From education to employment

Initial teacher training: trainee number census 2021 to 2022


Today [Thursday 2 December] the Department for Education (DfE) has published the latest initial teacher training (ITT) numbers for England for the academic year 2021 to 2022.

The new DfE figures show that the significant rise in teacher training numbers boosted by the pandemic has now passed, with teacher recruitment now closer to pre-pandemic levels. 

Responding to the new ITT figures, James Zuccollo, Director for School Workforce at the Education Policy Institute (EPI), said:

“Today’s figures show that the huge rise in teacher training numbers seen in the 2020/2021 school year driven by the covid-induced recession has now subsided.

“Historical trends tell us that when the economic picture of a country improves, fewer graduates are likely to go into teaching, but the speed of the national recovery and improvement of the wider UK labour market have meant that this drop-off in teacher recruitment numbers has occurred much more suddenly than expected.

“While there have been some improvements, recruitment problems remain most severe in shortage subjects like physics, chemistry, maths, and modern languages. Increasing teachers’ starting salaries remains the most promising approach to quickly improving this outlook. The government has committed to boosting starting salaries, but this has been delayed. 

“Despite these recruitment challenges, it’s very positive to see that the proportion of new teachers from ethnic minority backgrounds has continued to improve, up to 21% from 19% last year.   

“Looking at the wider teacher supply picture, when it comes to the retention of existing teachers, we have seen a slightly different picture. Teacher retention was also boosted by the pandemic last year, but unlike recruitment, retention has been sustained and we expect this to continue for another year.

“This may give the government a window of opportunity to act, to keep hold of these existing teachers before they consider other professions as the economy continues to improve. Policies that provide financial incentives to those who entered the teaching profession during the pandemic will therefore be essential to preventing an exodus.”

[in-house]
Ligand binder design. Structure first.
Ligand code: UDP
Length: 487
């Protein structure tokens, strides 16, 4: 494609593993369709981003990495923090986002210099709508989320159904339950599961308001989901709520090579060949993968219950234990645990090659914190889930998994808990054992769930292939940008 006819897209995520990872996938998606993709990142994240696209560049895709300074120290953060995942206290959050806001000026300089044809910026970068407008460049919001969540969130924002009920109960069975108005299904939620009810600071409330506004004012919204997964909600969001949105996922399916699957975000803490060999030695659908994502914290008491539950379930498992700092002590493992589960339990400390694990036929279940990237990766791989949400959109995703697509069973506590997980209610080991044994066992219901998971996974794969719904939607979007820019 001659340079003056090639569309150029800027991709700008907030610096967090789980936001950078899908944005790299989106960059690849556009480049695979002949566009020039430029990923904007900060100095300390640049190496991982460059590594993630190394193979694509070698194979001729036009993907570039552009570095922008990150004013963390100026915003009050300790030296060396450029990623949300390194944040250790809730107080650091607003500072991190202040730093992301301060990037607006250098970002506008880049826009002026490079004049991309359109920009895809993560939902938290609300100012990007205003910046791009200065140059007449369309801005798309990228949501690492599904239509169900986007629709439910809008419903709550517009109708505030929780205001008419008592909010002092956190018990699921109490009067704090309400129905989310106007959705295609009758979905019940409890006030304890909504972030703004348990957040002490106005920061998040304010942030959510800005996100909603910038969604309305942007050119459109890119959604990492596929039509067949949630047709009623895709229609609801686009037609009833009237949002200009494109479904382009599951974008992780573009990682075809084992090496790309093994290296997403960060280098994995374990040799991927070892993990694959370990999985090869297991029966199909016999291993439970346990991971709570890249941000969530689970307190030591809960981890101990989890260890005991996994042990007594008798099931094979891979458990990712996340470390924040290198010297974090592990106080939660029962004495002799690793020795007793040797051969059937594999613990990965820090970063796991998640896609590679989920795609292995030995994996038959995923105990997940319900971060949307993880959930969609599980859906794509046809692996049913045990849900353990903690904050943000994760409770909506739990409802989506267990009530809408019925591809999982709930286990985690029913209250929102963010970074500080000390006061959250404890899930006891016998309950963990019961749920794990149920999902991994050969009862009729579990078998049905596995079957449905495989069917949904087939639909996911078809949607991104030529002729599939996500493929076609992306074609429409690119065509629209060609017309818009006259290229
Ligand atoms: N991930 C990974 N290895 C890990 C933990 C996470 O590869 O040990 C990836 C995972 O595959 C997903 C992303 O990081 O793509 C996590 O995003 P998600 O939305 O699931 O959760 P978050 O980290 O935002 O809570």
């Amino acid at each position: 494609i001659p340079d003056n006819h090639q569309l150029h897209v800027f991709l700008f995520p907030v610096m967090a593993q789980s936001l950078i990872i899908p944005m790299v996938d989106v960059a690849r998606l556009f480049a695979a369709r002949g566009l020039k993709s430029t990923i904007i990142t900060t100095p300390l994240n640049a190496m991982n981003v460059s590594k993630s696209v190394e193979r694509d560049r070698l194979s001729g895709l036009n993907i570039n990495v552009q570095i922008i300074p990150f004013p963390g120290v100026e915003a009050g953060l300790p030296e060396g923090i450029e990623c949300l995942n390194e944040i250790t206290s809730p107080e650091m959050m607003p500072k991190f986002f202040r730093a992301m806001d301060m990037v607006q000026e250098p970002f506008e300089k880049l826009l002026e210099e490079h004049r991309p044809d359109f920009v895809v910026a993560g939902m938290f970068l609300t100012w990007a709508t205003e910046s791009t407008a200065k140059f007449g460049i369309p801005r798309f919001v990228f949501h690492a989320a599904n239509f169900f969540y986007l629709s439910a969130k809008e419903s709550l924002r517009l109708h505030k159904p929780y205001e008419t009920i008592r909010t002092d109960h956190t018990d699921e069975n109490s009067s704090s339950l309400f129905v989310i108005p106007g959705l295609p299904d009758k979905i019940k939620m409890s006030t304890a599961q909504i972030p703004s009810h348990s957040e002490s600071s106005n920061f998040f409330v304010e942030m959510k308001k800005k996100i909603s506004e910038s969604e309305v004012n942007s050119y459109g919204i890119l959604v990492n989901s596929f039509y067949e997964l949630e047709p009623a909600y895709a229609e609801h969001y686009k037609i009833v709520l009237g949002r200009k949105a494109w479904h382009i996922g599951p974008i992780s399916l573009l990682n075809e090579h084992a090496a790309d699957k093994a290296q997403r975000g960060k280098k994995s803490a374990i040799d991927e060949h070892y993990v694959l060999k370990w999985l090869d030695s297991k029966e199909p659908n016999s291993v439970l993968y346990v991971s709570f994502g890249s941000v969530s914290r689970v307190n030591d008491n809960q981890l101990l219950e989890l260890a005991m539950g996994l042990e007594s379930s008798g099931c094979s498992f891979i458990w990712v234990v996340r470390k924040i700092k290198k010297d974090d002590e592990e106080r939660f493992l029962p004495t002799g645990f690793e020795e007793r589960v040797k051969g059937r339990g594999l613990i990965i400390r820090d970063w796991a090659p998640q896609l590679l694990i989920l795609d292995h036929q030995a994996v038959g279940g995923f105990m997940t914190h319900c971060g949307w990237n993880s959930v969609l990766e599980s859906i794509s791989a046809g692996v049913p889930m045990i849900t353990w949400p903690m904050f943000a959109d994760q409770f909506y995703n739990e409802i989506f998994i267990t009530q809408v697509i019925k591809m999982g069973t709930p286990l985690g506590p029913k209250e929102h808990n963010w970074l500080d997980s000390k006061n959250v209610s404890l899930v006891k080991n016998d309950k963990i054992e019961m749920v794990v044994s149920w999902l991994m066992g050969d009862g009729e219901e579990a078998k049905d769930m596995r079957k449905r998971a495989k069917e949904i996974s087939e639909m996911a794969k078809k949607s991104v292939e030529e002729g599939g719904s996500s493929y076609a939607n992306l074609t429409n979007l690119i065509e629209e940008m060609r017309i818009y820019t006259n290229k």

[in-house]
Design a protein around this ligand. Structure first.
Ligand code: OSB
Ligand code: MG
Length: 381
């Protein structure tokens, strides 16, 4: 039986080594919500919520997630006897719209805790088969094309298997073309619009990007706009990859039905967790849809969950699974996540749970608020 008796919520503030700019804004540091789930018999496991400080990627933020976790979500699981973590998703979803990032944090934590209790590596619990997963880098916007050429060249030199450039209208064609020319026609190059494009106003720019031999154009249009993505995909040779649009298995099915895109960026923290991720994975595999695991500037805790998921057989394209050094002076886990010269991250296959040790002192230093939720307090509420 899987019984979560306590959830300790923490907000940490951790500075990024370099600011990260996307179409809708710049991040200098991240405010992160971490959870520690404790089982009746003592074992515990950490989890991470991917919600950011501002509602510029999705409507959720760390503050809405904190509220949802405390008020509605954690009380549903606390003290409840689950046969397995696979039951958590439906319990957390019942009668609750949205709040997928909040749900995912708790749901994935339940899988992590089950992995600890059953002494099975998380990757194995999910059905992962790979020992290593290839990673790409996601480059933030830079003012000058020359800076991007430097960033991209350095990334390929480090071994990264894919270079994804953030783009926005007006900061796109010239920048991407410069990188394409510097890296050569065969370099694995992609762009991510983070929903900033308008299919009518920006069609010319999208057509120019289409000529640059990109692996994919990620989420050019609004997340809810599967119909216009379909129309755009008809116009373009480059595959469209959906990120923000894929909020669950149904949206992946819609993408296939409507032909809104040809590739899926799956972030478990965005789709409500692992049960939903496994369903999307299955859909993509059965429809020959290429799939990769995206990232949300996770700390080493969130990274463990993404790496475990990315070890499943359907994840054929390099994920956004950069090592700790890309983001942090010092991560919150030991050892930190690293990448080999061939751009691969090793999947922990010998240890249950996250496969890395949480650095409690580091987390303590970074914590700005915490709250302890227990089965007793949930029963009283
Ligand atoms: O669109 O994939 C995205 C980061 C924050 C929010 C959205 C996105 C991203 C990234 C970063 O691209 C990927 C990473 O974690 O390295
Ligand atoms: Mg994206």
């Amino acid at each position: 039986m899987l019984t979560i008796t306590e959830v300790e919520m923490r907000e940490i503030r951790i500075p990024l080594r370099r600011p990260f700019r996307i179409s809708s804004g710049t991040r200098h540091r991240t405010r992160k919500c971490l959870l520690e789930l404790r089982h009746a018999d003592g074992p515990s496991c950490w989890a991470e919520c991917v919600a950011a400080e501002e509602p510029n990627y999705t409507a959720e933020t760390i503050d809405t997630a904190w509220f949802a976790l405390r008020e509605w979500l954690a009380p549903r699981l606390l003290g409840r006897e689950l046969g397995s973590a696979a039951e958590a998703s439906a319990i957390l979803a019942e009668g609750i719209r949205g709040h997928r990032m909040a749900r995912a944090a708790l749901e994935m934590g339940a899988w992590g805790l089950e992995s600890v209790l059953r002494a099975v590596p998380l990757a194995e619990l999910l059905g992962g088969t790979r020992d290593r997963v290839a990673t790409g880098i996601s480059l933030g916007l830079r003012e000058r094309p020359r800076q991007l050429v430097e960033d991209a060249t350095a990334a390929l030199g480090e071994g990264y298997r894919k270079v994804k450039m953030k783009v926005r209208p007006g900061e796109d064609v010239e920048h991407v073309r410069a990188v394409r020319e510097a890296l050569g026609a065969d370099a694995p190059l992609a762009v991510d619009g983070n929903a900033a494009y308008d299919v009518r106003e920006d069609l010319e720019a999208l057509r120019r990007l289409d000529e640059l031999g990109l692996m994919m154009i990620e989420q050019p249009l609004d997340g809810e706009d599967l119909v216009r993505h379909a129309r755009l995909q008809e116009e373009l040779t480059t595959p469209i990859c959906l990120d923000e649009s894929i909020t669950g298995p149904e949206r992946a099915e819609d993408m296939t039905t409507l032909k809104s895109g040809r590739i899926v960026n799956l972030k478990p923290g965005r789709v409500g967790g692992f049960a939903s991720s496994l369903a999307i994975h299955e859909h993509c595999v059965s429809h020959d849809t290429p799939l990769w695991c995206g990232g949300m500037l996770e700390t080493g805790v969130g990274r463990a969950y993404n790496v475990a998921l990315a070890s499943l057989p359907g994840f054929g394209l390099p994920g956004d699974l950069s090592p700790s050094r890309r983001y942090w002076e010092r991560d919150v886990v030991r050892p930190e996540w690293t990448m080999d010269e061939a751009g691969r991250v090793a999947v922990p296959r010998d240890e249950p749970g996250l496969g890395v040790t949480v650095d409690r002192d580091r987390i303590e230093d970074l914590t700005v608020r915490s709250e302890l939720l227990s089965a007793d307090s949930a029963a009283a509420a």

Kevin Courtney 750x570

Kevin Courtney, Joint General Secretary of the National Education Union, said:

“Successive Conservative governments have fallen short of their own teacher training targets year on year. 2021 is no different. Targets for secondary were met in 2020 but this turns out to have been just a pandemic effect: today’s figures are even worse than 2019. Subject shortages stubbornly continue, particularly physics but also maths, geography, modern foreign languages and computing. We need to recruit an extra 18,682 teachers to restore the pupil:qualified-teacher ratio to its 2015 level. By 2025, secondary pupil numbers are expected to increase by 5% and secondary class-sizes are rising rapidly. These pressure points cannot be ignored for much longer.

“The government will congratulate itself on reaching ITT recruitment targets for primary when it is only the pandemic that has done this, not the government’s policies. This will be a very short-lived comfort if retention is not urgently addressed.

“It is hard to see how the numbers will rally as the economy recovers from Covid, if not simply irrational to believe that an inflexible government clinging to the same education and economic policies will suddenly inspire a wave of new recruits to teaching.